Perhaps you’ve learned some Latin, or German, or Russian. If so, you probably don’t find those languages very “efficient”: they have too many fussy endings, too many details you have to pay attention to.
If, however, you speak Mandarin, that language probably seems very efficient, practically stripped down. (Tones may throw you, but they have nothing to do with efficiency. Writing does, but we’re talking speech here, not writing.) The knowledgeable and always interesting John McWhorter has written an excellent article on this subject. You’ll learn something about some languages you’ve heard of, and even more about languages you probably haven’t heard of.
- For instance, consider the Riau dialect of Indonesian/Malay, spoken by several million people (that’s Riau alone; altogether Indonesian/Malay is spoken by almost 300 million!). According to McWhorter:
ayam means chicken and makan means eat, but “Ayam makan” doesn’t mean only “The chicken is eating.” Depending on context, “Ayam makan” can mean the “chickens are eating,” “a chicken is eating,” “the chicken is eating,” “the chicken will be eating,” “the chicken eats,” “the chicken has eaten,” “someone is eating the chicken,” “someone is eating for the chicken,” “someone is eating with the chicken,” “the chicken that is eating,” “where the chicken is eating,” and “when the chicken is eating.”
- At the other end of the spectrum, consider Kabardian, spoken by well over a million people in the Caucasus even though you probably haven’t heard of that one either. McWhorter tells us that sǝq’ayǝƛaaɣwǝaɣhaś means “saw” — I’ll take his word for it — in certain contexts:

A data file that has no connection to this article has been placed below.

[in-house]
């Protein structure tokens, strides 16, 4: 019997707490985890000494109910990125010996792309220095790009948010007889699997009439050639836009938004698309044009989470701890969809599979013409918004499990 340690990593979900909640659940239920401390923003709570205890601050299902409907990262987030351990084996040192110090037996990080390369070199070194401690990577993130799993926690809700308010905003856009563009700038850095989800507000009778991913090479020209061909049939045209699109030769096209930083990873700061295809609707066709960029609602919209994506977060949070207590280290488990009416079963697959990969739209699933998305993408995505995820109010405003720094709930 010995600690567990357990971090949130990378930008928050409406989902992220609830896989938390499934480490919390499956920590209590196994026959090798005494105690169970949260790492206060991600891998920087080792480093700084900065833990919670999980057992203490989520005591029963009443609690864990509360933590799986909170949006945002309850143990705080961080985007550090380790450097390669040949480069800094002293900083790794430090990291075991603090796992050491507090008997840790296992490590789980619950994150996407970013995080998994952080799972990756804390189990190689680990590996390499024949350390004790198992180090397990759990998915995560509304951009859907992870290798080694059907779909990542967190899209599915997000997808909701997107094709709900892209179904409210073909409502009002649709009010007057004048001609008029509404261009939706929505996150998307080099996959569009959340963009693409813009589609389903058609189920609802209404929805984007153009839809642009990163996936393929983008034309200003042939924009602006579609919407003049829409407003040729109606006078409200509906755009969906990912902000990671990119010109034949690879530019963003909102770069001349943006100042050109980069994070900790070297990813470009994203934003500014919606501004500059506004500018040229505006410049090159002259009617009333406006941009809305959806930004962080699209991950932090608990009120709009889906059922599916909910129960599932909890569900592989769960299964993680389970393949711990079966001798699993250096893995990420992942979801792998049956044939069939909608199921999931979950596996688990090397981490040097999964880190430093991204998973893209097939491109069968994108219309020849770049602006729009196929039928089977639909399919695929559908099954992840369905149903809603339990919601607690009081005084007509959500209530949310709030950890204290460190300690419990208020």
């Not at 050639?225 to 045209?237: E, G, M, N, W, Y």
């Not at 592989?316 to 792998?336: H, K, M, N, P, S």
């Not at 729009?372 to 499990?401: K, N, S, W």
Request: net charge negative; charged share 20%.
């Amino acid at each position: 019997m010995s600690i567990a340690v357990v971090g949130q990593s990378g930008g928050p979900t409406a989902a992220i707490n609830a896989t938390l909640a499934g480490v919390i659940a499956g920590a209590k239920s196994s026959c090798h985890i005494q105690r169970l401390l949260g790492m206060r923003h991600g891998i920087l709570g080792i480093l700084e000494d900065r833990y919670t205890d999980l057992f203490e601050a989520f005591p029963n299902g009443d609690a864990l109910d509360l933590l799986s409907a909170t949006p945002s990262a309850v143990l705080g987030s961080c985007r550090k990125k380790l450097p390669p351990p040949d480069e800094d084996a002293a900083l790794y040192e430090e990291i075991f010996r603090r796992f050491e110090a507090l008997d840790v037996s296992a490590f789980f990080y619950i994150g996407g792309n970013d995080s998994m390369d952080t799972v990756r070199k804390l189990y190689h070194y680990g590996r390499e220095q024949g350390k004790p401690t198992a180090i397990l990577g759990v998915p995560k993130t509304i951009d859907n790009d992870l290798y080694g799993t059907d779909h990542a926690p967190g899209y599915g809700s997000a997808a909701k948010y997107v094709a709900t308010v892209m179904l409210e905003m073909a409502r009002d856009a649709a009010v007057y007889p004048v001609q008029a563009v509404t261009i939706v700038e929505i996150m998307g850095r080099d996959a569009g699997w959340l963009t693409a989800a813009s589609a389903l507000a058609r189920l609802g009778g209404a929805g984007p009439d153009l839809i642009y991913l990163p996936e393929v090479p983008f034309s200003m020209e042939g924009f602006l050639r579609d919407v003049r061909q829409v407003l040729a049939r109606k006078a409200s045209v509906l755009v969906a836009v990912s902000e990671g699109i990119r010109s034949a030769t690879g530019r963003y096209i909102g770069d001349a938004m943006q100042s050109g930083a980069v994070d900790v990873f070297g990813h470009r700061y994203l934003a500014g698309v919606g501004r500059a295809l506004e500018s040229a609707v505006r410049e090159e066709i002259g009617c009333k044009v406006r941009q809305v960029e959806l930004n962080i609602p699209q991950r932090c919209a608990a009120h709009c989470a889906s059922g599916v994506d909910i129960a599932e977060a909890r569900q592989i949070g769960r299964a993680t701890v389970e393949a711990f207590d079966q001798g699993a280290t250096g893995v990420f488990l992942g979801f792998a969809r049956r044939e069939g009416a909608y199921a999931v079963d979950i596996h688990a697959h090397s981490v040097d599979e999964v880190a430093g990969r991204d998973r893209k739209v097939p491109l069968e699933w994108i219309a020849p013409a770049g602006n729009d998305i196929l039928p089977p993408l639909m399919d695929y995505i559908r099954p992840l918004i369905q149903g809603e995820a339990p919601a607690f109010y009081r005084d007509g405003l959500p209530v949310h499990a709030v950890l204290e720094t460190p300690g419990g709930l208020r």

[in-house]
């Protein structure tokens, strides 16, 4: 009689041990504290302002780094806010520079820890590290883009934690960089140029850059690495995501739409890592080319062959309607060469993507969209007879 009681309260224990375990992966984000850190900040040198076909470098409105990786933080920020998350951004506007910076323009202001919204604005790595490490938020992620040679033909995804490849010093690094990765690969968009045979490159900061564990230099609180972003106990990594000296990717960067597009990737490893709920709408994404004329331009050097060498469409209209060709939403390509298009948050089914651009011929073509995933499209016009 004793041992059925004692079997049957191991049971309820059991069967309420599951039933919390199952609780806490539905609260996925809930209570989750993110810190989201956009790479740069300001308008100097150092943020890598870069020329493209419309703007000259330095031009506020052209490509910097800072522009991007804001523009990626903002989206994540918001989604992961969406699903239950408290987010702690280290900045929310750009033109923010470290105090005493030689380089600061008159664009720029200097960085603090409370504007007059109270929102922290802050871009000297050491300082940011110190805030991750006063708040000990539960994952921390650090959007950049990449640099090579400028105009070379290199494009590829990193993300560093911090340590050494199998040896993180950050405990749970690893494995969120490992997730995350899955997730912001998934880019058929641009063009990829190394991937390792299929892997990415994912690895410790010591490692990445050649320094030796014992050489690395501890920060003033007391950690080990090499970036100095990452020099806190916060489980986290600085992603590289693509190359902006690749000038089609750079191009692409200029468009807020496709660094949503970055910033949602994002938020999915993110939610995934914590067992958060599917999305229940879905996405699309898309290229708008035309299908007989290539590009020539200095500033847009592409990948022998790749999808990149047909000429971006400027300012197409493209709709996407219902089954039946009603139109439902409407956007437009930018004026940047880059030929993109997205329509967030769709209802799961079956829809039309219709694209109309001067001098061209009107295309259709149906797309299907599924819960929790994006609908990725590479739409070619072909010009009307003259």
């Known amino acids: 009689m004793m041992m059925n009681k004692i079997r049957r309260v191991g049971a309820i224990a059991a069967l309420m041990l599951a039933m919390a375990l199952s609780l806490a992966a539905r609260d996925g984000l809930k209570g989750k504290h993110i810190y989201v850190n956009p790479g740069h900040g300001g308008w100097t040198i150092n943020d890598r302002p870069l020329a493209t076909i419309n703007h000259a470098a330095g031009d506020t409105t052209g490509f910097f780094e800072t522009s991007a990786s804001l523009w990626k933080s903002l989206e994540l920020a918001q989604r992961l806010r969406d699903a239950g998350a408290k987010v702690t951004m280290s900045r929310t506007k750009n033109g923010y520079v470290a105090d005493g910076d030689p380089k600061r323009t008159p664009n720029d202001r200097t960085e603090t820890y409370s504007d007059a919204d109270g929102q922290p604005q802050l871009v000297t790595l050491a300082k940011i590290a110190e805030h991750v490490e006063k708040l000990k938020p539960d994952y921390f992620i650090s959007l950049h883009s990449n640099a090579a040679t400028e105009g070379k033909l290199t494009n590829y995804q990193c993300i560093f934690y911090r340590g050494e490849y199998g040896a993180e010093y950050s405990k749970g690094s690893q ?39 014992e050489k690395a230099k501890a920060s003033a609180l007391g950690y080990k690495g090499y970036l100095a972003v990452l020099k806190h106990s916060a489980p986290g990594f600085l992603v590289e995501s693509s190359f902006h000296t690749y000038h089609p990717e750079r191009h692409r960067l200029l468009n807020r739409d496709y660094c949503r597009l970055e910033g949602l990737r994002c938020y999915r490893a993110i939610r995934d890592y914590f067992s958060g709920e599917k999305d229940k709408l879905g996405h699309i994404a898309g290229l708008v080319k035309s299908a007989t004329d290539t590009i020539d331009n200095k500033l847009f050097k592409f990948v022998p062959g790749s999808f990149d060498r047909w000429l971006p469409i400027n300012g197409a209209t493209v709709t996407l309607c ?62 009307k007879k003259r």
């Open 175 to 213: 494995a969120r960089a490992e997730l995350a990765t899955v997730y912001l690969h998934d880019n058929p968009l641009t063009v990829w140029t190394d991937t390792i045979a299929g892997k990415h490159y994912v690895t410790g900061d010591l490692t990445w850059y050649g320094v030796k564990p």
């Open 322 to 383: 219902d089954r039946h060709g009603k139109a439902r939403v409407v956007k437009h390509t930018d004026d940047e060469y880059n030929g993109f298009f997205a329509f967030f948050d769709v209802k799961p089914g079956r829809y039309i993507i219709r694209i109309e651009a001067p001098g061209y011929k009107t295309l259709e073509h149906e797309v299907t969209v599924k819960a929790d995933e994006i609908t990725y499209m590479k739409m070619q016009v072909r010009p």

other than the part meaning “see,” there is a bit that reiterates that it’s me who was seen, even though the sentence would include a separate word for “me” elsewhere. Then there are other bits that show that the seeing was most significant to “me” rather than to the men or anyone else; that the seeing was done by more than one person (despite the sentence spelling out elsewhere that it was plural “men” who did the seeing); that this event did not happen in the present; that on top of this, the event happened specifically in the past rather than the future; and finally a bit indicating that the speaker really means what he’s saying.
And you thought Latin was complicated! (Remind me to tell you sometime about the Unified Verb Theory that one of my Lincoln-Sudbury students developed in the 1970s.)
The bottom line is that all these languages are fully communicative, even though they vary enormously in complexity and efficiency. But go read the entire article.